The notion of objecthood has been ceaselessly interrogated since the 19th century. Initially with the advent of mechanical reproduction, and more recently through the proliferation of the digital image. Never-the-less, consumer-driven society still privileges the object as the primary driver of self-expression and personal identity. As the urban dwelling is increasingly defined by predictable floor plans within climatized, glass box extrusions, the assemblage, storage, and accumulation of objects take a more profound role in defining the characteristics of space and the users who inhabit it.
For a specific class of person, the architecture of the home has always enjoyed a role as a conduit for self-expression. By contrast, the social optimism of 20th century modernism understood the condition of permanent unpredictability and instability that is inherent to human nature and market forces. While the zero-degree project sought to liberate the inflexibility of the fixed interior, it by and large shifted the burden of interior organization to the user. As such, a notion of private property emerged that was no longer understood as a unilateral representation of a fixed whole. Rather, the zero-degree project ushered in a notion of property-as-driver for flexibility and refinement. Not architecture as thing, but architecture as things.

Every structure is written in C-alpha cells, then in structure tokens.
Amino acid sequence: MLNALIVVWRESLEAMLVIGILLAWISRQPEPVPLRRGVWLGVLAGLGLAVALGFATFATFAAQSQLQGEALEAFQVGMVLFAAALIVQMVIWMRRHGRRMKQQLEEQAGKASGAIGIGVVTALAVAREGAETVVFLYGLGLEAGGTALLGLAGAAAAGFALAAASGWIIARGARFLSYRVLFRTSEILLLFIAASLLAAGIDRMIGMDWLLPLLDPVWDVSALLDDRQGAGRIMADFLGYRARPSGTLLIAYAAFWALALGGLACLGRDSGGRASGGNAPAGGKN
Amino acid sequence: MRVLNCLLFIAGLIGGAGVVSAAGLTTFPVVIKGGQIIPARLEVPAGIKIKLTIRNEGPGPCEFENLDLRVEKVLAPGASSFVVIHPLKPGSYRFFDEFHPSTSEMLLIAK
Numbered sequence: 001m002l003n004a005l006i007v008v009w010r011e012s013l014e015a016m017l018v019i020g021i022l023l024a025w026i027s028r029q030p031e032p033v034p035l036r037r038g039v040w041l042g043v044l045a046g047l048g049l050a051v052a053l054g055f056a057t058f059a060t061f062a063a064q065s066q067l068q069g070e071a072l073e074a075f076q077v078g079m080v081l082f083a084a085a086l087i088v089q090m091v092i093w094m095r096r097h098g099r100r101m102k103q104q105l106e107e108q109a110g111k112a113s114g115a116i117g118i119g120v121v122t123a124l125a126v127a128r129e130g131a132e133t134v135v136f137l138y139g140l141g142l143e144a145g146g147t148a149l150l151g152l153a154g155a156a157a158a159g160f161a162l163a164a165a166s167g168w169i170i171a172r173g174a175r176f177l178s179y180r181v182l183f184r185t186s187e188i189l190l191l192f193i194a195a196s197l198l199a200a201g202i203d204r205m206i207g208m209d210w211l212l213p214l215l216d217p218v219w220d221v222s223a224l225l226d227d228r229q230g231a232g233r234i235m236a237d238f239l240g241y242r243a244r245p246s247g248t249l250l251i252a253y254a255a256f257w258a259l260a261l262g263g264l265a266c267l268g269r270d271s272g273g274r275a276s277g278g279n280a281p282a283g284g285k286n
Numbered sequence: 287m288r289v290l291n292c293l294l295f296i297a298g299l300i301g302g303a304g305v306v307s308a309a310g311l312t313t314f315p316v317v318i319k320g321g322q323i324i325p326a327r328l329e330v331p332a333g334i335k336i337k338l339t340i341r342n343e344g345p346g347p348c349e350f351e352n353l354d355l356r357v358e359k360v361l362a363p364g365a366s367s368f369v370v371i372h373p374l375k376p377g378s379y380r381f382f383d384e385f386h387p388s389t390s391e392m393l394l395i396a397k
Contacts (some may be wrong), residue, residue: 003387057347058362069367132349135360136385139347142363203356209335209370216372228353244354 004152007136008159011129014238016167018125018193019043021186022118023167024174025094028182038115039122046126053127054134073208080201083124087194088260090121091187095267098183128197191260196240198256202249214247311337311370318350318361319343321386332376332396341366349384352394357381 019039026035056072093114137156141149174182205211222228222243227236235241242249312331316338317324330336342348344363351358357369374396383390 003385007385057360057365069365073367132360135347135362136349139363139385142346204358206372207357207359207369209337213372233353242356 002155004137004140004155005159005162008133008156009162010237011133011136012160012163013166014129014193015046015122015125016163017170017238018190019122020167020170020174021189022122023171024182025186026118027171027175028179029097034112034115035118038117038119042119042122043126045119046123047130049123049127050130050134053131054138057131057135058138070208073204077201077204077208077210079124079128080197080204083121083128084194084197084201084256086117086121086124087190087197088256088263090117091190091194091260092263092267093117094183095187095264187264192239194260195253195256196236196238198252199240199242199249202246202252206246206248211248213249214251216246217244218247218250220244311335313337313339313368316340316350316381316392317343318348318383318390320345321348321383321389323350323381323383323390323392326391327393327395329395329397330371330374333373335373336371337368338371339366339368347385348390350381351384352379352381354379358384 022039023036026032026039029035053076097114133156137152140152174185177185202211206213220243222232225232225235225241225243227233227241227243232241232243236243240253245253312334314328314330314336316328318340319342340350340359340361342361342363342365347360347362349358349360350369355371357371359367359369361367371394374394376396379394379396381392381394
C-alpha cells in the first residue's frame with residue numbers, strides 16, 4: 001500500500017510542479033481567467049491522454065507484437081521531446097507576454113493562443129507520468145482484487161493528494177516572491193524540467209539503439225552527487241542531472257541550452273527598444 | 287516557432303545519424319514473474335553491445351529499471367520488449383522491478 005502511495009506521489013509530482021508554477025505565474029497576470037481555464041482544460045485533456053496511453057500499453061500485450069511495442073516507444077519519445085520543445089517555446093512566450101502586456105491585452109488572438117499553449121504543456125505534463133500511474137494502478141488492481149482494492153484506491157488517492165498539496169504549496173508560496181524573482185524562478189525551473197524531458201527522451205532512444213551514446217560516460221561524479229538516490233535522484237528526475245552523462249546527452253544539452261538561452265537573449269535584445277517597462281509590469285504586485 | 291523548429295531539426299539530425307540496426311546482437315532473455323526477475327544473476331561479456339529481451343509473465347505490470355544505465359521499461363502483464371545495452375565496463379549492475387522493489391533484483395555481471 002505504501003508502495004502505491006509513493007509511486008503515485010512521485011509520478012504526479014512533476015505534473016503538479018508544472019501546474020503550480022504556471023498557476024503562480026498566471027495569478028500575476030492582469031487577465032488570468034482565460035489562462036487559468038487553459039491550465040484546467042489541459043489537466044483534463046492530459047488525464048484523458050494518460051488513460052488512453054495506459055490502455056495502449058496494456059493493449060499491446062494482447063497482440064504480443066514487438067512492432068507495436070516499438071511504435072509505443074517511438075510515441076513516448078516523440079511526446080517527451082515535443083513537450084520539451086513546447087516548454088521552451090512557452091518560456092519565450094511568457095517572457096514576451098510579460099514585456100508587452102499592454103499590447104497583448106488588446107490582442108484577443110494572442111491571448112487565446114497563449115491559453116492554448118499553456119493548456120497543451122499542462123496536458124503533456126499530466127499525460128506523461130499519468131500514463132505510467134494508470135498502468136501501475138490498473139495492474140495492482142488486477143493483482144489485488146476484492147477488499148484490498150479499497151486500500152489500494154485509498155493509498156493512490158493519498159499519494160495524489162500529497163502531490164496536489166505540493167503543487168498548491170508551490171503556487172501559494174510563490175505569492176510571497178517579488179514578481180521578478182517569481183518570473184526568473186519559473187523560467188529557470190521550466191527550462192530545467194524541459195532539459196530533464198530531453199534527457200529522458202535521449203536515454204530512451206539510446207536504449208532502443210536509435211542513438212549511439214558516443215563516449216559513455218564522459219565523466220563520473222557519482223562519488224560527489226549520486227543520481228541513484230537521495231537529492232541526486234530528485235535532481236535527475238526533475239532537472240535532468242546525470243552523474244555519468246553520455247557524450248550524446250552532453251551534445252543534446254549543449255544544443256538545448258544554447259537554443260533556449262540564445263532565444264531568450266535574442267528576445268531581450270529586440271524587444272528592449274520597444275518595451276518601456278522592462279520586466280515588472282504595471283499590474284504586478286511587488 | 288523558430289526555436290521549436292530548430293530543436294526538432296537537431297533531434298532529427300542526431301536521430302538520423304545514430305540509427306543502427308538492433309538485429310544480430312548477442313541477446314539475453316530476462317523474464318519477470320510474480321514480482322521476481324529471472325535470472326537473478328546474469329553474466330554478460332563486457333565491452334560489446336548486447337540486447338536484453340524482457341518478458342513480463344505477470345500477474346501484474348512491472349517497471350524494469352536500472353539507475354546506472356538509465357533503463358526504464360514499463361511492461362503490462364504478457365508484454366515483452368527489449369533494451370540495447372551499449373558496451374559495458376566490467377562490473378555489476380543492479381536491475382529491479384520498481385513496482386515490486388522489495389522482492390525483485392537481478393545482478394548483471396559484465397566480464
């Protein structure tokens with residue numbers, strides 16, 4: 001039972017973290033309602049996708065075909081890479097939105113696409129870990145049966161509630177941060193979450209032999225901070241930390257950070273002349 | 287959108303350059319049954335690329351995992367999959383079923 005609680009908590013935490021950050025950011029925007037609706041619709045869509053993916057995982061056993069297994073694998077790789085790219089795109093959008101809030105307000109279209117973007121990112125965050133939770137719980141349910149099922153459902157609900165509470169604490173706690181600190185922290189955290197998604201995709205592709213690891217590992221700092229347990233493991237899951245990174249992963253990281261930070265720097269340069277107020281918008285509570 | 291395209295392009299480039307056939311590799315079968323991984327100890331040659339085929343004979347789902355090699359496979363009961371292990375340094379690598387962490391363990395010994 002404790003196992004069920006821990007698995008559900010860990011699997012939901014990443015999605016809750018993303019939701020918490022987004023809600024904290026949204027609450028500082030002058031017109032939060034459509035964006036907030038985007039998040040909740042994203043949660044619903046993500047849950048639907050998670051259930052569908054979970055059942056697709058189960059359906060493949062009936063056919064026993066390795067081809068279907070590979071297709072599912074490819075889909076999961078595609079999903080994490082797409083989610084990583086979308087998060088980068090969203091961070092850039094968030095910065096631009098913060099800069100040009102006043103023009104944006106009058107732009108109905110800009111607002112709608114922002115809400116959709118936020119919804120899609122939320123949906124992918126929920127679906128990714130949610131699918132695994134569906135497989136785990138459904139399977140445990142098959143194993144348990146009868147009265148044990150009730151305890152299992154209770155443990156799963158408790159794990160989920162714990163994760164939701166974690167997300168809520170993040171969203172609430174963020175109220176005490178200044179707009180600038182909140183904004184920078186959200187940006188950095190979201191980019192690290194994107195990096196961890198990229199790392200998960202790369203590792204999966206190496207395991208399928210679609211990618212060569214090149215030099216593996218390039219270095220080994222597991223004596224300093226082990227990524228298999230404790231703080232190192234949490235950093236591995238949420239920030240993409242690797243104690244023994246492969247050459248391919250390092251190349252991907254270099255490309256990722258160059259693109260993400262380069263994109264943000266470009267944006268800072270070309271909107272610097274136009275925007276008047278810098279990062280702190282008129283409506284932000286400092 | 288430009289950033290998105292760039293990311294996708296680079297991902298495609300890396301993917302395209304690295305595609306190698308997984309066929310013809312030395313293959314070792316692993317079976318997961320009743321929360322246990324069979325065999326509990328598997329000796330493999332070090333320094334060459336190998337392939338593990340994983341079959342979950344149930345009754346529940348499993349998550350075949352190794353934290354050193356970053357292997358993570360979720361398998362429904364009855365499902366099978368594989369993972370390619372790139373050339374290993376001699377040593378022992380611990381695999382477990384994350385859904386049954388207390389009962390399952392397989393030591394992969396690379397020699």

The role of the image in architectural representation has further exacerbated this phenomenon as representational techniques once native to the discipline have become challenged and less defined. Architectural representation now finds itself aligned with unanticipated disciplines whose motives are less clear and whose social functions are more ambiguous. One need only look within the context of profligate real estate listings, in which low contrast images depict characterless spaces as being part and parcel to the objects inside of them - when in fact, they aren't.
For the past two decades, disciplinary discourse on consumerism has been largely focused on vast commercial spaces – the shopping mall, the airport - the “Junkfood” of architecture. When it has ventured into the realm of the domestic, it has largely been in service to the specific object. This thesis attempts to reconsider the role of representation relative to ideas of the generic object, and understands these objects as sources of authorship that can be architecturally generative in a time when objecthood evades clear definition.